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Component-Based Circuit

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Block-based modeling is well suited for problems that have a well-defined causality, i.e. direction of flow. An example of this type of signal-based system is a control system. However, in most cases the causality is not predefined; for instance, a motor could also be used as a generator, depending on whether or not the input signal is the current or torque. Another basic example is the AC circuit below.


The draft schematics of an AC circuit model.

In this example, the circuit above will be used to illustrate the difference between a block-based approach and a component-based approach to modeling.

ElectricCircuit | BlockCircuit | ElectricCircuit2

Block-Based Circuit

We begin by creating a block-based model. Before we actually start implementing the model, we have to:

In this example, we want to study the current through the signal voltage as a function of the voltage. To calculate this we have three equations:

In these equations, i is the total current through the signal voltage, and i1 and i2 are the currents running through resistor1 and resistor2, respectively. Rewrite the above equations to not contain derivatives:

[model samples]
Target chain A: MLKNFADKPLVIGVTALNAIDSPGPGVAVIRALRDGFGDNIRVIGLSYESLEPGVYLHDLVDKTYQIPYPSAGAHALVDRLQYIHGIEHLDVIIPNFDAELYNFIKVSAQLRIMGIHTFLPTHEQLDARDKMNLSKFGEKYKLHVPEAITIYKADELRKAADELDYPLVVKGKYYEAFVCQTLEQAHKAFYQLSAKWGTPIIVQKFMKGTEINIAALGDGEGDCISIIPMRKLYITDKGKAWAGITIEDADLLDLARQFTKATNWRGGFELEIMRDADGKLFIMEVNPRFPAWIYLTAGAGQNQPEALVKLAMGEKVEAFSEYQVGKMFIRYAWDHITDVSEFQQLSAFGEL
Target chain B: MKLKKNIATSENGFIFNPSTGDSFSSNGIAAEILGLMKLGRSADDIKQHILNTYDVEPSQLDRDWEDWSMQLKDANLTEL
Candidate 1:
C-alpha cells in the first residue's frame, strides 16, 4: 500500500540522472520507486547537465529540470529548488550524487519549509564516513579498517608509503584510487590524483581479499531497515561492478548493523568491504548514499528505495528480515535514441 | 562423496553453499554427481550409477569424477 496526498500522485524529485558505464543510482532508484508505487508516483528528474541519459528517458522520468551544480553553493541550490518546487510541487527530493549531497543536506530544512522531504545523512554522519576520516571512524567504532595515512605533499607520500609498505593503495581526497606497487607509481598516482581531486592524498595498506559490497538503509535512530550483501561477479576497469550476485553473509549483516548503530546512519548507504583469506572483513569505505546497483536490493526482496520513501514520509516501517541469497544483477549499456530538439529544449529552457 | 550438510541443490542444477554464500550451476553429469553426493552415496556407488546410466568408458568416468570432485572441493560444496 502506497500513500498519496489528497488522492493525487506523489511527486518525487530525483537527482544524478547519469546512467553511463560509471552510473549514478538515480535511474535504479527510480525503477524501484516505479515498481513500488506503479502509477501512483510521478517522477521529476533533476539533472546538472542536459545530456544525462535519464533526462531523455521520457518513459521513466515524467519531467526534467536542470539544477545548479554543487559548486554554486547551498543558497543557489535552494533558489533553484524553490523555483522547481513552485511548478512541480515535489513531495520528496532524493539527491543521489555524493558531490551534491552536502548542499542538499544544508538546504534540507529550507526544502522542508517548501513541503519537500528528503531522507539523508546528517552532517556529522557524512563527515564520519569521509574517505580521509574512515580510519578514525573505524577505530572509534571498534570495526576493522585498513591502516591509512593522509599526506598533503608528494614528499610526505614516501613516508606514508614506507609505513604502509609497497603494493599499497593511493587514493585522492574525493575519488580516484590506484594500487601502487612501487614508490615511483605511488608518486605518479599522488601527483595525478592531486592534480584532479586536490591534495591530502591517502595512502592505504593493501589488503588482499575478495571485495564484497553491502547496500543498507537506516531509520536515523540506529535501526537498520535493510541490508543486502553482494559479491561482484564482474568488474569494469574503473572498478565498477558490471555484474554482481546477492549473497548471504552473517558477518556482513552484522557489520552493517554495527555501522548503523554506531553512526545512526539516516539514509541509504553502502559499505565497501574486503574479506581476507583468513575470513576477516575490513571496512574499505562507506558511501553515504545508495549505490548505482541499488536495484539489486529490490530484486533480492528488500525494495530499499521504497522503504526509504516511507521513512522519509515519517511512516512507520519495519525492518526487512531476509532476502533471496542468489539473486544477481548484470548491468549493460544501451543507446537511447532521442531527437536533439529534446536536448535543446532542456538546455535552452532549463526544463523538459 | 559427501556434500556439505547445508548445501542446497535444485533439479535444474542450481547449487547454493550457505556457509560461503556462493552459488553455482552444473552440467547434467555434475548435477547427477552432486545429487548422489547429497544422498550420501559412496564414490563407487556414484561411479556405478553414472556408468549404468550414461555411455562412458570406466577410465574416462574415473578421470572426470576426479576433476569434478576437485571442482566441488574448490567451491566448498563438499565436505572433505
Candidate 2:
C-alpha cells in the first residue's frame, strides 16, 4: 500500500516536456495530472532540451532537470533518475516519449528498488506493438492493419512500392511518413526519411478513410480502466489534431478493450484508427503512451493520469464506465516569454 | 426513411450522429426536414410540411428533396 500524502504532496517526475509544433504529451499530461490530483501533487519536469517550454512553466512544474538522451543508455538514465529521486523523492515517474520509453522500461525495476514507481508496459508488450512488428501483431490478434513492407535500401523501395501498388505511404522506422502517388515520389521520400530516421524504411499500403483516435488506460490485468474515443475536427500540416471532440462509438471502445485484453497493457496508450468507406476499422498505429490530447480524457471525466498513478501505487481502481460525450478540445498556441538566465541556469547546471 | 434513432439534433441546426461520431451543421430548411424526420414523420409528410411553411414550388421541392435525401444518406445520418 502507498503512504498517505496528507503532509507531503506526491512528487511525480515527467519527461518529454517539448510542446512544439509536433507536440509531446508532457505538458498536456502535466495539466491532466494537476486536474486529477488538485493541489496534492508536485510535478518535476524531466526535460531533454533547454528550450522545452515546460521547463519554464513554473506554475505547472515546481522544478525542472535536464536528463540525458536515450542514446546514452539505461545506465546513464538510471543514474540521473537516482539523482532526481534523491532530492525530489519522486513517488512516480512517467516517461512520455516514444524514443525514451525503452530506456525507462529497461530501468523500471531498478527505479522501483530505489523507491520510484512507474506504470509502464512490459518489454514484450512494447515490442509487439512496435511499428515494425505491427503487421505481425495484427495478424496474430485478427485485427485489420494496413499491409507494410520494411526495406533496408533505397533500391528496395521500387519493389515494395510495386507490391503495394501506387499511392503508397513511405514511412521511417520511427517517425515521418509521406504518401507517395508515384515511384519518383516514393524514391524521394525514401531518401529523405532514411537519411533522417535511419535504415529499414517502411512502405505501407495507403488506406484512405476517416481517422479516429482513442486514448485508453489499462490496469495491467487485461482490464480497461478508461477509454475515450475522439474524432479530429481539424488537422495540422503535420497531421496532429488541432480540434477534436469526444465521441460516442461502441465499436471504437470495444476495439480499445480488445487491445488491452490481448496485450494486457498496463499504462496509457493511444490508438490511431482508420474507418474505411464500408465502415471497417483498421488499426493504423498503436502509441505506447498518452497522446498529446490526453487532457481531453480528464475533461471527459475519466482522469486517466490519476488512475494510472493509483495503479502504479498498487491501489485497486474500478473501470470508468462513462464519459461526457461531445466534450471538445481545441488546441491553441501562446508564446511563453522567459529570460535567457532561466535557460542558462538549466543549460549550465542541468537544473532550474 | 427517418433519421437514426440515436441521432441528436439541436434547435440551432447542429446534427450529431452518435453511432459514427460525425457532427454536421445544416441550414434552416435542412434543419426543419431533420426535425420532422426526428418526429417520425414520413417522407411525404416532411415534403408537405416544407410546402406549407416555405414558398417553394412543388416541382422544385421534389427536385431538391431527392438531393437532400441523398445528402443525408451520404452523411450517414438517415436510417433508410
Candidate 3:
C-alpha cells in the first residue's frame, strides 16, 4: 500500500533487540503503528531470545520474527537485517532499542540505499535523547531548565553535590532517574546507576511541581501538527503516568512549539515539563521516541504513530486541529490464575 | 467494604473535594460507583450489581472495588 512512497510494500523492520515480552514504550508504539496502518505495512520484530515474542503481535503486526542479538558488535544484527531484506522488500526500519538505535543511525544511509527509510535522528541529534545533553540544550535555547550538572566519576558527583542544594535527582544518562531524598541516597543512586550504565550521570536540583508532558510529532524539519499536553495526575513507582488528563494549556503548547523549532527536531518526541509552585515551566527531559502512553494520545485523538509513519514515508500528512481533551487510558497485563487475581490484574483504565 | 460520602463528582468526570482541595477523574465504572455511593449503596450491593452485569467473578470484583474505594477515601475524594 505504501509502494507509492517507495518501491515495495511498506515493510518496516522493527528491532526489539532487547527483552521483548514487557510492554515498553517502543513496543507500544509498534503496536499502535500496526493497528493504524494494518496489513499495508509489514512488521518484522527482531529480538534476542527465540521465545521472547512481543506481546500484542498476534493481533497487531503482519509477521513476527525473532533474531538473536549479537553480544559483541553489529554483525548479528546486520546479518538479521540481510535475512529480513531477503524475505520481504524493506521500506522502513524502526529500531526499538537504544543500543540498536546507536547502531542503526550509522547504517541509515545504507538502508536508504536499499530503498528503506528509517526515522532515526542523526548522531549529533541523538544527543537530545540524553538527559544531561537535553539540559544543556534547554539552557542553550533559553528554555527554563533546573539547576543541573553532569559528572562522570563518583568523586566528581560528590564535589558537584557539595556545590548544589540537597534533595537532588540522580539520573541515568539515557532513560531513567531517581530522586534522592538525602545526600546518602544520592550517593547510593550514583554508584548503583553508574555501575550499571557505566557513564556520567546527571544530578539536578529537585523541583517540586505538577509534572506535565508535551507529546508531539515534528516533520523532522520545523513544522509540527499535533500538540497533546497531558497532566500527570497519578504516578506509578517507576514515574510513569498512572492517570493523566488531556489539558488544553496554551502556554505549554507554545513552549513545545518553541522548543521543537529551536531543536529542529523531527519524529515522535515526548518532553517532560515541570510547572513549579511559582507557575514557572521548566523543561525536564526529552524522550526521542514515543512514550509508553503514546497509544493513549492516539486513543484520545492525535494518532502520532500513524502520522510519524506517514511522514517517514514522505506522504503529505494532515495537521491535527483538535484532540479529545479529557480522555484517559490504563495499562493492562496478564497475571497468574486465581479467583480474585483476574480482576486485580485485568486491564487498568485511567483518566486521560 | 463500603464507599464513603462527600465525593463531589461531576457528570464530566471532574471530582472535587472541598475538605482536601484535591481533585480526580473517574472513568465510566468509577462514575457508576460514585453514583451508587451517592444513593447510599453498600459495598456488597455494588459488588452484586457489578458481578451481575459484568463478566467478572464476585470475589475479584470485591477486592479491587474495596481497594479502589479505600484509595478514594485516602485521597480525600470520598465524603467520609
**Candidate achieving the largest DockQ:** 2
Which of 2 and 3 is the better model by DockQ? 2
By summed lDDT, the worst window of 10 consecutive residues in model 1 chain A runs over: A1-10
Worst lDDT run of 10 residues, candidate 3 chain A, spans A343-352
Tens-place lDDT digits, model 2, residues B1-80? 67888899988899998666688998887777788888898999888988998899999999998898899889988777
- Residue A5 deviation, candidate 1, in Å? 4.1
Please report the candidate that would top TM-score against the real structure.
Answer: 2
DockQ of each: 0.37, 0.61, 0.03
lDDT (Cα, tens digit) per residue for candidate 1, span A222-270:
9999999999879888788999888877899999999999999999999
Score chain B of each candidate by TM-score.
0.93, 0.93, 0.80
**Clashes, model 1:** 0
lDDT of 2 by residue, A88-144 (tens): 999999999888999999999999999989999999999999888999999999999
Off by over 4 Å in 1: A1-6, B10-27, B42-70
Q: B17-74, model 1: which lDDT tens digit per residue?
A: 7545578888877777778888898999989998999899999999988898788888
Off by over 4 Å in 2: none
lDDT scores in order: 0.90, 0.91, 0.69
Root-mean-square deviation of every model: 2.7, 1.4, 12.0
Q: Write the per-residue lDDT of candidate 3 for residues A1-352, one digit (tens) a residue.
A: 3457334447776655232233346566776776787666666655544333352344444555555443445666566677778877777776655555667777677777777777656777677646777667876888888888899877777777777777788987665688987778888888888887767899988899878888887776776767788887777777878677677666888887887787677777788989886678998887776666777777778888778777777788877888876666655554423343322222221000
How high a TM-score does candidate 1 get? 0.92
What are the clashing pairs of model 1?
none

With these equations, we can now implement the block-based model, as shown below.


The Diagram View of the IntroductoryExamples.ComponentBased.BlockCircuit model.

Create a new model and locate the components in the Class Browser. All components required to implement the system with a block-based approach can be found in the following packages:

Component-Based Circuit

Naturally, implementing a component-based model of the system shown in the original drawing requires only drag-and-drop, as well as connecting the components and setting parameters. This leaves us with a model that looks just like the drawing with which we started.


The Diagram View of the IntroductoryExamples.ComponentBased.ElectricCircuit model.

If you would like to build the model yourself, the sine voltage component is located in the Modelica.Electrical.Analog.Sources package, and the rest of the components in the Modelica.Electrical.Analog.Basic package. Note that some of the parameter values differ from the default, so in order to obtain the same simulation results you will have to change these as well.

Now we can simulate and plot the resulting current through the signal voltage, and as expected it looks just like the result plotted from the block model.


Plotting the current going through the sine source for the IntroductoryExamples.ComponentBased.ElectricCircuit model with default parameter values.

We will end this chapter by adding a second capacitor to the model, as shown below. The capacitor component is located in the Modelica.Electrical.Analog.Basic package.


The Diagram View of the IntroductoryExamples.ComponentBased.ElectricCircuit2 model.

After simulation, we compare the resulting currents with one another.


Comparison between the two currents going through the source in the ElectricCircuit and ElectricCircuit2 models.


Develop a block-based model for the second circuit.

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Installation and Setup | Introduction | Multidomain | Components | Custom Components | Hello World | External Functions | Hierarchical Models | Systems